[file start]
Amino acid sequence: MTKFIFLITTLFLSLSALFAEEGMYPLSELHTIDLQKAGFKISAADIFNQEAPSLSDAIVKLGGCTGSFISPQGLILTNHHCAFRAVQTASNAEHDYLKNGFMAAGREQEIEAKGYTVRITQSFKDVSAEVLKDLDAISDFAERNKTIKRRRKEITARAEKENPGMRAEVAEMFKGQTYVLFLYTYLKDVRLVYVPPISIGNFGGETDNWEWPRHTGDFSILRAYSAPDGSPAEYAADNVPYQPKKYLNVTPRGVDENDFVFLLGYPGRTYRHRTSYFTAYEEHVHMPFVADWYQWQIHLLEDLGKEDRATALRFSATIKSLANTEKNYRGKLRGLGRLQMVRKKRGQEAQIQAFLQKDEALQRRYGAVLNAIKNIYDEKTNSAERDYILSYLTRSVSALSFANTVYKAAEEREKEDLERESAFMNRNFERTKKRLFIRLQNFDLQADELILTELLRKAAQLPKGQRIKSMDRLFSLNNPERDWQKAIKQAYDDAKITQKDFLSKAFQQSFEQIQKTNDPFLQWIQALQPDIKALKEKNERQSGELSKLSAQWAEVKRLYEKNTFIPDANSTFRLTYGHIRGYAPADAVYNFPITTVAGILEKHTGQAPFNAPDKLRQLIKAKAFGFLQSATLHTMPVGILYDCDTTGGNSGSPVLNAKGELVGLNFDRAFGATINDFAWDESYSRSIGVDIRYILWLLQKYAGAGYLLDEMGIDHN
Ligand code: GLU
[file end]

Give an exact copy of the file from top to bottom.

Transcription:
Amino acid sequence: MTKFIFLITTLFLSLSALFAEEGMYPLSELHTIDLQKAGFKISAADIFNQEAPSLSDAIVKLGGCTGSFISPQGLILTNHHCAFRAVQTASNAEHDYLKNGFMAAGREQEIEAKGYTVRITQSFKDVSAEVLKDLDAISDFAERNKTIKRRRKEITARAEKENPGMRAEVAEMFKGQTYVLFLYTYLKDVRLVYVPPISIGNFGGETDNWEWPRHTGDFSILRAYSAPDGSPAEYAADNVPYQPKKYLNVTPRGVDENDFVFLLGYPGRTYRHRTSYFTAYEEHVHMPFVADWYQWQIHLLEDLGKEDRATALRFSATIKSLANTEKNYRGKLRGLGRLQMVRKKRGQEAQIQAFLQKDEALQRRYGAVLNAIKNIYDEKTNSAERDYILSYLTRSVSALSFANTVYKAAEEREKEDLERESAFMNRNFERTKKRLFIRLQNFDLQADELILTELLRKAAQLPKGQRIKSMDRLFSLNNPERDWQKAIKQAYDDAKITQKDFLSKAFQQSFEQIQKTNDPFLQWIQALQPDIKALKEKNERQSGELSKLSAQWAEVKRLYEKNTFIPDANSTFRLTYGHIRGYAPADAVYNFPITTVAGILEKHTGQAPFNAPDKLRQLIKAKAFGFLQSATLHTMPVGILYDCDTTGGNSGSPVLNAKGELVGLNFDRAFGATINDFAWDESYSRSIGVDIRYILWLLQKYAGAGYLLDEMGIDHN
Ligand code: GLU